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What You Need To Know About Flying with a Laptop

Jason Sattler

23.03.17 6 min. read

This may sound like a nightmare or a Black Mirror episode about a dystopic future, but you now have to check your laptop if you’re flying to the United States or United Kingdom from 10 airports in 8 North African and Middle Eastern countries.

Citing possible security risks — involving bombs, not computer viruses — U.S. and U.K officials are restricting electronic devices larger than a smartphone from airline cabins for these flights. And this may only be the beginning of such restrictions.

Erka Koivunen, F-Secure’s Chief Information Officer, has a lot of — probably too much — experience flying with a laptop from his days working for the National Cyber Security Centre Finland. So we asked him about what you need to know about traveling with your portable PC.

1. The biggest risk of checking your laptop is that it will be misplaced, lost, broken or stolen.
“The most obvious threat for any checked luggage will be delay, misplacement, breakage and opportunistic theft — in that order,” he told me. Airports are unpredictable places, especially when baggage handlers strike, as they often do in Europe. “The surest way to spend your business trip without your laptop is to check it in the fuselage.”

2. You don’t have many rights in an airport.
“Airports are places where the authorities can exercise massive control over your movement,” he said. “If you are subject of targeted surveillance, it will be trivial for the authorities to single you out, and perform tricks on you and your gadgets.”

Officials can demand your Facebook password, insist you unlock your phone so they can browse it or take your laptop off to “inspect” it in private.

“Refusal to cooperate will be grounds to reject your entry to destination or arrest,” he said. “For most business travelers it would be foolish to resist. Surely, you most likely will hate every minute of the experience but a lone civil servant will not want to initiate a diplomatic crisis and business executives won’t want want to endanger business goals of their trip.”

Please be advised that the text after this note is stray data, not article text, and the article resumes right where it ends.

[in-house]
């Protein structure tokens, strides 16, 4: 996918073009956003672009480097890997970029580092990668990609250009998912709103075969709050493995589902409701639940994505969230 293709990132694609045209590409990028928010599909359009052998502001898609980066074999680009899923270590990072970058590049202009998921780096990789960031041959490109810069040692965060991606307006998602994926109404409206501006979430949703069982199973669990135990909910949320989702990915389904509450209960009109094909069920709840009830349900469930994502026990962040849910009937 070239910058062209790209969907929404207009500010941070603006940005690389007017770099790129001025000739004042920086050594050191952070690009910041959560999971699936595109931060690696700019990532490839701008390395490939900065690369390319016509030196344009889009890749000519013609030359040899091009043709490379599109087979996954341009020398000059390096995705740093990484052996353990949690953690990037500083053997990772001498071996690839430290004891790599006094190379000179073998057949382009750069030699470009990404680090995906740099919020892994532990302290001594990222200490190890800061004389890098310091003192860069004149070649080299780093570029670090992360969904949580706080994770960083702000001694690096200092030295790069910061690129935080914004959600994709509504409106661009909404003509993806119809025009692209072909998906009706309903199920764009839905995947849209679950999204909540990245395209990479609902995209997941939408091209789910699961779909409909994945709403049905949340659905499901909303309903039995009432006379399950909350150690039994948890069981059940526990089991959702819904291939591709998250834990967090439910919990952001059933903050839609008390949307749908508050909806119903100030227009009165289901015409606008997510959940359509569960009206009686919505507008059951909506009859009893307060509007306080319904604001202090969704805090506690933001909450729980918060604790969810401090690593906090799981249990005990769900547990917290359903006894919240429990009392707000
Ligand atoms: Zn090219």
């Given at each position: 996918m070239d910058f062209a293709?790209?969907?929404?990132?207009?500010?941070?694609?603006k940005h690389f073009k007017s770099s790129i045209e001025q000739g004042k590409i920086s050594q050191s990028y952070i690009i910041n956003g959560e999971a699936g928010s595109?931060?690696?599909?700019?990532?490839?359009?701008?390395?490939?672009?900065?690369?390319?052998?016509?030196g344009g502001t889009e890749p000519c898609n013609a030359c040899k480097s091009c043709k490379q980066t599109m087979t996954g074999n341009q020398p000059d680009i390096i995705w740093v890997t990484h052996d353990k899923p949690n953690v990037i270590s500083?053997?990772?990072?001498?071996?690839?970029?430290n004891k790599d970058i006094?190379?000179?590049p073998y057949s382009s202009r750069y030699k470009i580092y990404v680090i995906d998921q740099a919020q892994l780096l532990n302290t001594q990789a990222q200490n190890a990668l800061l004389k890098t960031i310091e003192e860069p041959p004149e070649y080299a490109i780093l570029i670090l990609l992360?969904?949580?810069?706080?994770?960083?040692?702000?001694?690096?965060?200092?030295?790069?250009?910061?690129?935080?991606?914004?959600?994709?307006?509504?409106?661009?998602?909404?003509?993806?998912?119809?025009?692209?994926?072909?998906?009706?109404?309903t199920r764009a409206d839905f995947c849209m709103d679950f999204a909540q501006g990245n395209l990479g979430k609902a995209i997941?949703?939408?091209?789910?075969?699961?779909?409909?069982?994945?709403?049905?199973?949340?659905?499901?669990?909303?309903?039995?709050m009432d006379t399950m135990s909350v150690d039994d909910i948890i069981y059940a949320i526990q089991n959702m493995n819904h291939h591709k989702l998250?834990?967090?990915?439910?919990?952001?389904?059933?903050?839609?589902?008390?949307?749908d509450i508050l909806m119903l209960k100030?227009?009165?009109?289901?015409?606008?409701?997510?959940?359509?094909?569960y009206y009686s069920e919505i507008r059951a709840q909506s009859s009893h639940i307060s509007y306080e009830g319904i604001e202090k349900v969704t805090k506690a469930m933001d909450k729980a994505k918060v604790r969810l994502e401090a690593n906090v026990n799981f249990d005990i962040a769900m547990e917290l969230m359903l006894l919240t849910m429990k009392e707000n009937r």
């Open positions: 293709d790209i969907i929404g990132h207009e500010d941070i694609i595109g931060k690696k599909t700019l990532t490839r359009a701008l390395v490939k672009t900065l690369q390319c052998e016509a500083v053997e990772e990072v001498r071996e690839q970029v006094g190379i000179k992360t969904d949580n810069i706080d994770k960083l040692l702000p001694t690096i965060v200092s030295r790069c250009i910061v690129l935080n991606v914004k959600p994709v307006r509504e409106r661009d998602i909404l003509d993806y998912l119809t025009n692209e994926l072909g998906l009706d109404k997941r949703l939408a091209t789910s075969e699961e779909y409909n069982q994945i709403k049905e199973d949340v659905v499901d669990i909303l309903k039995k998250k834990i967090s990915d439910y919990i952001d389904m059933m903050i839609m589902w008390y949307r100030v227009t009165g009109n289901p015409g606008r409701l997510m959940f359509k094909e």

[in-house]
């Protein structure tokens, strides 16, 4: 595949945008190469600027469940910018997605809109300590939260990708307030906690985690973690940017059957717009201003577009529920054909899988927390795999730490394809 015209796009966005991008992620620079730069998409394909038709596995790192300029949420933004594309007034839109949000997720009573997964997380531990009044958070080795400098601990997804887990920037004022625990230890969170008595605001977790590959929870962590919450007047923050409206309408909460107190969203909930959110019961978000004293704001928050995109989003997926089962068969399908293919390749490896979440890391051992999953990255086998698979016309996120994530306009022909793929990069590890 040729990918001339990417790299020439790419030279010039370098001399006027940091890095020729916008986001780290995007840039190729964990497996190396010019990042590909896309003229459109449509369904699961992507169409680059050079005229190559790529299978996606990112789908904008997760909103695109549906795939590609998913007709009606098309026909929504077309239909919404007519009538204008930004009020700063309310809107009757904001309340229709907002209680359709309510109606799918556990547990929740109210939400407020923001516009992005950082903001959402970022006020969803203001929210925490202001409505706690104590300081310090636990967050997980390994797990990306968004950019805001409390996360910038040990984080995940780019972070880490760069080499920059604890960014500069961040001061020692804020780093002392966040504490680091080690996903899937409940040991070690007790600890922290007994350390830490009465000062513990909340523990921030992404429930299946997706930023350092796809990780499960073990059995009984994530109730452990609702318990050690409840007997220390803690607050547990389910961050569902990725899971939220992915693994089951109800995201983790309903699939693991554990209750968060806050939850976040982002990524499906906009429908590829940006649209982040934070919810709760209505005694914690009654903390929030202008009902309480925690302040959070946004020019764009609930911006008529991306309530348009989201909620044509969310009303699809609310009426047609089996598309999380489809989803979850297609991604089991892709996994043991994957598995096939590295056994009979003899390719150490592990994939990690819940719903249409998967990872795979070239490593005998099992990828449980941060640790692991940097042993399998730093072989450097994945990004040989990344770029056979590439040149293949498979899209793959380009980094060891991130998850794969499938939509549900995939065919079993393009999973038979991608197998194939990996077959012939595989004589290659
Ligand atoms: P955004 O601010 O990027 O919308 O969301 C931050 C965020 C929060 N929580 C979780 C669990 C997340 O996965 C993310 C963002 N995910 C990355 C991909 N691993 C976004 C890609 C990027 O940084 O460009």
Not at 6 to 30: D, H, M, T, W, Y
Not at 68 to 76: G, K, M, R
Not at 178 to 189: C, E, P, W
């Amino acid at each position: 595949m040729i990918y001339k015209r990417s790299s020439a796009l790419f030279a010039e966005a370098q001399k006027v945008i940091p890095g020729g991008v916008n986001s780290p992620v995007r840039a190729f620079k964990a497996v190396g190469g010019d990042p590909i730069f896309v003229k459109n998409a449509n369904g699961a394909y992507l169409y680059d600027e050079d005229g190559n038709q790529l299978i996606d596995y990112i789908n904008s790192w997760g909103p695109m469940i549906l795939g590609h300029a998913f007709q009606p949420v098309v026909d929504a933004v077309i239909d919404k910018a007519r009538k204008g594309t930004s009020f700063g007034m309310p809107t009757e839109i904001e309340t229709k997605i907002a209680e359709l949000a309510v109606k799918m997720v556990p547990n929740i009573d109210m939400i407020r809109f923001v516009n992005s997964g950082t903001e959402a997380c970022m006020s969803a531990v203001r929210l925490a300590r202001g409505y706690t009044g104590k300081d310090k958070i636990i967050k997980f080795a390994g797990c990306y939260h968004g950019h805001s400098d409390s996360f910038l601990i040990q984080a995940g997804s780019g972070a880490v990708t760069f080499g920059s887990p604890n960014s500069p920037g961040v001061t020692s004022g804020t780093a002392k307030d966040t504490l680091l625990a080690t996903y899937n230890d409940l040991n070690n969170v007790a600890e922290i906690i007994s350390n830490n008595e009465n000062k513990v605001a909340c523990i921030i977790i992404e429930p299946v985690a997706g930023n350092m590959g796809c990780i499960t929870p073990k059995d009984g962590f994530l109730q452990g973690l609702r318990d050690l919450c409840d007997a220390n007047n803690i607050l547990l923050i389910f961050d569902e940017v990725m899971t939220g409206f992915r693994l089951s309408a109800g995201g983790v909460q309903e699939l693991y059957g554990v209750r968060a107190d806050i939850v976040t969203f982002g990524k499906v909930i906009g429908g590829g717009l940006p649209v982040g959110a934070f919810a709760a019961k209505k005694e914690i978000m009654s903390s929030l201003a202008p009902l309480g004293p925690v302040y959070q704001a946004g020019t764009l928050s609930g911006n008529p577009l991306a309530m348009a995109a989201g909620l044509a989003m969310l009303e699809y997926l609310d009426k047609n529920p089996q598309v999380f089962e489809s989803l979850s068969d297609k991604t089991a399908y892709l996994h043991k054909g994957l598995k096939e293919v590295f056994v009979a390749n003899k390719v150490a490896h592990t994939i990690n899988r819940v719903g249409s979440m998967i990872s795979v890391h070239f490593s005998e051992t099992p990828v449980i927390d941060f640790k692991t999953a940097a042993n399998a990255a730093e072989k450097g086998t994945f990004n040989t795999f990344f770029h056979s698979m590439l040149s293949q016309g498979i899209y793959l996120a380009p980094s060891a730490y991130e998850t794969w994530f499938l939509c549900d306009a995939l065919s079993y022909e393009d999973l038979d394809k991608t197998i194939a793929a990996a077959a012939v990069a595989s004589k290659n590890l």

If you’re a high-value target of an elaborate criminal or terrorism investigation, a ranking government official or a prominent businessperson or academic, your data is seriously at risk — especially if your device leaves your hands.

“It takes a while to copy a hard disk, but surely one can do it, especially if that person can delay the flight if  necessary,”  Erka said. “Most likely the device will be treated with a keylogger or other kind of implant that could allow the device’s usage to be monitored,  remote access to be granted or the device — and its holder — to be located later.”

3. A poorly configured device makes it easier for officials to infect you with malware.
“VIPs and self-styled ‘exceptional people’ often prefer ease-of-use and demand exemptions from corporate policies,” Erka said. “Thus their laptops open without asking for annoying passwords. They log on as admins with minimal security software installed, yet they have access to the entire network. If thieves, intelligence agents or law enforcement officials get ahold of these devices, they get a free ride.”